A visiting professor at Harvard University has called for a racial quota system to ensure a sufficient number of minority students attend the top universities.
Kalwant Bhopal, a professor of education and social justice at the University of Birmingham in the United Kingdom, was recently given a post at Harvard’s Graduate School of Education, while also contributing articles to the London School of Economics and Political Science.
In her latest blog post, Bhopal said: “Universities should be held to account for their lack of representation of black and minority ethnic groups in senior decision-making roles through monitoring and reviewing their staff profiles on a regular basis.”
Bhopal added: “Racism is alive and well and robustly shaping the educational experiences of black and minority ethnic students in the United Kingdom and the United States. Higher education must firstly acknowledge institutional racism and white privilege; a failure to acknowledge racism results in a failure to act upon it.”
— Prof Kalwant Bhopal (@KalwantBhopal) December 4, 2017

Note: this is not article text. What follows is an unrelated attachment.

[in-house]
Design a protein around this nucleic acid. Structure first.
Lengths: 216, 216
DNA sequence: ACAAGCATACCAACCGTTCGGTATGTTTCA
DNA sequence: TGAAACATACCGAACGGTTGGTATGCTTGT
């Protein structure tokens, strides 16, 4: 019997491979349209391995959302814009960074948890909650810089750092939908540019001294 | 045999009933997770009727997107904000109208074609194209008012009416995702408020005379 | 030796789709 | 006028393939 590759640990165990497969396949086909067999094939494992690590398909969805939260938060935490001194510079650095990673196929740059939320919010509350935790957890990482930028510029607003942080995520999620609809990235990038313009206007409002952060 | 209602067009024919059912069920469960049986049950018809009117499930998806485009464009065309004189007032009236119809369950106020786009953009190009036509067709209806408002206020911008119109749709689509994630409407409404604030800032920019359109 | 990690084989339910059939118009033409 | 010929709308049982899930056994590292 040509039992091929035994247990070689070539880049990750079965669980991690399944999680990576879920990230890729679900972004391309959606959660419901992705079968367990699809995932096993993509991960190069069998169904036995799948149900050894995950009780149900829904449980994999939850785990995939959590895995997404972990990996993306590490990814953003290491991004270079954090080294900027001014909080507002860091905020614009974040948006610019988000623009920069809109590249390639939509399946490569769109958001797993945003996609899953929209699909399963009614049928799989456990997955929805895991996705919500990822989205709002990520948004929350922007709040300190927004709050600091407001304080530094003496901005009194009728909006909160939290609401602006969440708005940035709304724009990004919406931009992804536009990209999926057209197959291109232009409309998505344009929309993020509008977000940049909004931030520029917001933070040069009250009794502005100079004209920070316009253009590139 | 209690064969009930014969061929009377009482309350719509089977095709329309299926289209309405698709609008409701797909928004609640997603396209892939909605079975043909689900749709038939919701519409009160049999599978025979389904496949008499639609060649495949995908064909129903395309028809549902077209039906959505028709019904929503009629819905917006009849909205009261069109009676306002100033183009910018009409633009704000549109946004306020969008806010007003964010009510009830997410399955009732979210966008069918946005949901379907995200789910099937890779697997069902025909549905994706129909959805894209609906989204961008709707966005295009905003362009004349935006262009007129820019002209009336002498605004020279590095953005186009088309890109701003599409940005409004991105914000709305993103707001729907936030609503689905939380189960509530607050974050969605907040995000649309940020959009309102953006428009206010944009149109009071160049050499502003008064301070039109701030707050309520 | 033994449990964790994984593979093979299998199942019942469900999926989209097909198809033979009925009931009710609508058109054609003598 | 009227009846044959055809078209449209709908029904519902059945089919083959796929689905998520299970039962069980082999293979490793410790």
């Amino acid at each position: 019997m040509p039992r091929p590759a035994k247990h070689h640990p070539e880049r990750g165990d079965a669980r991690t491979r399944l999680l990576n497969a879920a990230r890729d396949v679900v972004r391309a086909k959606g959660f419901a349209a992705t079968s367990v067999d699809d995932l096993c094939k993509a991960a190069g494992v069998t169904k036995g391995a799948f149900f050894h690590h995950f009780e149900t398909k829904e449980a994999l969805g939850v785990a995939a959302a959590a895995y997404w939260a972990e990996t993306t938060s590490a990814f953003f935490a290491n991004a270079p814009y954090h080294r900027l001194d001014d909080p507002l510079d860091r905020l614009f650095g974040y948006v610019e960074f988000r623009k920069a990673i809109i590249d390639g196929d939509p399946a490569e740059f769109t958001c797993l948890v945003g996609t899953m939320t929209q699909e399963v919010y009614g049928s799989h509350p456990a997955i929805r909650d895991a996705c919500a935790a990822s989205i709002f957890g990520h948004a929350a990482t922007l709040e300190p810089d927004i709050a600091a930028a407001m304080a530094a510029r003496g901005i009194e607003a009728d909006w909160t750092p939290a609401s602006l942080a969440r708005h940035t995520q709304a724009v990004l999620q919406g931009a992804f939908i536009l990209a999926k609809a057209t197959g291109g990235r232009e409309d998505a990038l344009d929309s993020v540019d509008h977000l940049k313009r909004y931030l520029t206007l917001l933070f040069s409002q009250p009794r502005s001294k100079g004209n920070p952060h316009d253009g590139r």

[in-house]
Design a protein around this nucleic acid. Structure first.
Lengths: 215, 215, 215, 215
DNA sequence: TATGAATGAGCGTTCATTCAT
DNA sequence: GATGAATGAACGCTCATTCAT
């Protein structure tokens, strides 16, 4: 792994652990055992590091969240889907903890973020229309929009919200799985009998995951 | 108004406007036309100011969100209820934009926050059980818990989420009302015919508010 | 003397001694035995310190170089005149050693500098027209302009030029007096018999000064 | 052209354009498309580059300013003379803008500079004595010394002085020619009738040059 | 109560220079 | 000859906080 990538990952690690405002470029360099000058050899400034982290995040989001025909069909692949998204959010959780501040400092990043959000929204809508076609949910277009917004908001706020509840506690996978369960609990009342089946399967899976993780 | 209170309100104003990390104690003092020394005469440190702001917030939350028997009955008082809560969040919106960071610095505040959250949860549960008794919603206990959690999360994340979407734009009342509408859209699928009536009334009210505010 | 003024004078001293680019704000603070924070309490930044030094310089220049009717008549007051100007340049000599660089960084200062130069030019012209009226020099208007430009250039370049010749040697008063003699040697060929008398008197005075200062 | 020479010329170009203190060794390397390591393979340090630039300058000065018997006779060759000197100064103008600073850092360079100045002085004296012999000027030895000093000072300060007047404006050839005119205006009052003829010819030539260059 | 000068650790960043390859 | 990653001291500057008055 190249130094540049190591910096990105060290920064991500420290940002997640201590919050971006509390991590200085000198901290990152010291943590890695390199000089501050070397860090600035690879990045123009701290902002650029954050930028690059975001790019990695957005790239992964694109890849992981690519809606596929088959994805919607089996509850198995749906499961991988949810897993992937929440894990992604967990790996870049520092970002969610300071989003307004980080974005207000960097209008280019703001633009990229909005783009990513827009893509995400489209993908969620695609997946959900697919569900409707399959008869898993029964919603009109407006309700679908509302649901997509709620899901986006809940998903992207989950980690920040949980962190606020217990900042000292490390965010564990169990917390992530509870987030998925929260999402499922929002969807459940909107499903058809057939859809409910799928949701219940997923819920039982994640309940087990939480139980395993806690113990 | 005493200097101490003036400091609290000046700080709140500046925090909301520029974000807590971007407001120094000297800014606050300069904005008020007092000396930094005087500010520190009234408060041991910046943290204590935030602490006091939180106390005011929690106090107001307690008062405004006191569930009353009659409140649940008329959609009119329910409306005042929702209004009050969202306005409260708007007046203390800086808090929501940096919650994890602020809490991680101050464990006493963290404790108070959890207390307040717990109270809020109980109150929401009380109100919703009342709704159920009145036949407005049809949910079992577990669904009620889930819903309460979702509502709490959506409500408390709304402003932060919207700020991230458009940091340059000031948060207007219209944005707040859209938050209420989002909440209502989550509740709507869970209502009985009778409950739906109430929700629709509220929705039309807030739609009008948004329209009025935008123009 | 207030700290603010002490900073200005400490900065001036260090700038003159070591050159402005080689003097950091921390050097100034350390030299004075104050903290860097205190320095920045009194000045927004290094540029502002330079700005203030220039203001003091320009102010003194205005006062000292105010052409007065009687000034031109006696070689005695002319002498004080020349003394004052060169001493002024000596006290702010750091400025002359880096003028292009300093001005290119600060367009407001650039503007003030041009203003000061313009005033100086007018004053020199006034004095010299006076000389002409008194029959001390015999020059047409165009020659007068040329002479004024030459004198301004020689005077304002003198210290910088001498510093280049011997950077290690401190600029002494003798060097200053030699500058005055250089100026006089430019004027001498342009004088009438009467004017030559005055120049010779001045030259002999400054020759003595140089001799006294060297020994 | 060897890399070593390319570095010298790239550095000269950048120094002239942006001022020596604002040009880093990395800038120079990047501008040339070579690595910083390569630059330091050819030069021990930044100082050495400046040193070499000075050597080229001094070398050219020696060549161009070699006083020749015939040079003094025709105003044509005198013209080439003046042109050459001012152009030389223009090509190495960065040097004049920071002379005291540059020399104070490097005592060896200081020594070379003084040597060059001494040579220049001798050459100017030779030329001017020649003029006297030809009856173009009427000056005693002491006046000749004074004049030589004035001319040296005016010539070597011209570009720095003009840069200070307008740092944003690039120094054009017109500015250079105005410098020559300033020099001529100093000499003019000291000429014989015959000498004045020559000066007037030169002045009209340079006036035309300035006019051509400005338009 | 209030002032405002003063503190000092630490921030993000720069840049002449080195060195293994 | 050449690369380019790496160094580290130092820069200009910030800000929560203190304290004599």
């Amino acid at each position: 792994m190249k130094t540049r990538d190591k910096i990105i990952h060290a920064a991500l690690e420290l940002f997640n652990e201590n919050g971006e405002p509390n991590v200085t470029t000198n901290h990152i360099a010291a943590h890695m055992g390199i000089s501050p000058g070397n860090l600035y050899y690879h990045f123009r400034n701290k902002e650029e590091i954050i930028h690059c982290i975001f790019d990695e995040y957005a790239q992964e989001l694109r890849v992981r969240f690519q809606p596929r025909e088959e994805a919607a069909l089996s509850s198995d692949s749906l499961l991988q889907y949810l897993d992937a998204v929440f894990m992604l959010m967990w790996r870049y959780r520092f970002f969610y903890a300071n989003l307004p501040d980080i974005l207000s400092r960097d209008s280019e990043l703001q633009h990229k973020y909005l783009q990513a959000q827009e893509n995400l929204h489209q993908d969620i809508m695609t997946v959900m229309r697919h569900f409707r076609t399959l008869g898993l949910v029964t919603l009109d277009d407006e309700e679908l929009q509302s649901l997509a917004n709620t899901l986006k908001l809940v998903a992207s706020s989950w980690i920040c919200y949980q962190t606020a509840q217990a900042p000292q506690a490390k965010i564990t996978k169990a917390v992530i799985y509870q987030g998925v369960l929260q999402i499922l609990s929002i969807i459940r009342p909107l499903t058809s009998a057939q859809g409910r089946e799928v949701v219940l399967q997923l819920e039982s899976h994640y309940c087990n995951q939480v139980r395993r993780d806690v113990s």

She went on to claim universities have a responsibility to have ‘frameworks’, “monitoring racist incidents, identifying measures to address racism, and action plans with specific outcomes”, reported Campus Reform.
Such action plans, she said, need to “demonstrate a clear link between identifying a problem, providing solutions and measuring outcomes.
“Additionally, they need the ‘clarity’ we might associate with being ‘out in the open,’ in which racism is publicly acknowledged and addressed. Such clarity would ensure that it is the outcome of change that is assessed, rather than the rhetoric of what should happen.”
— Prof Kalwant Bhopal (@KalwantBhopal) February 3, 2016
Bhopal claims universities can best do this through introducing a ‘quota system’ for universities, particularly elite institutions, arguing “the persistent failures of these publicly-funded universities to address their inability to recruit the brightest students if they have the ‘wrong’ skin colour is, in the language of civil servants and policy-makers, not delivering value for money.”
She concludes by explaining her ideas would not lower academic standards, asserting “measures such as outreach programmes targeting poor areas, underperforming schools, and underrepresented schools; offering support packages to pupils to develop their university applications; training for interviews; bursaries and scholarships to Oxbridge, are in no way about lowering standards”.
Rather, she says these are “simple, necessary steps to move toward an inclusive approach for students from black and minority ethnic backgrounds who are not currently finding they have access to the same opportunities afforded their white, more wealthy, privately-schooled peers”.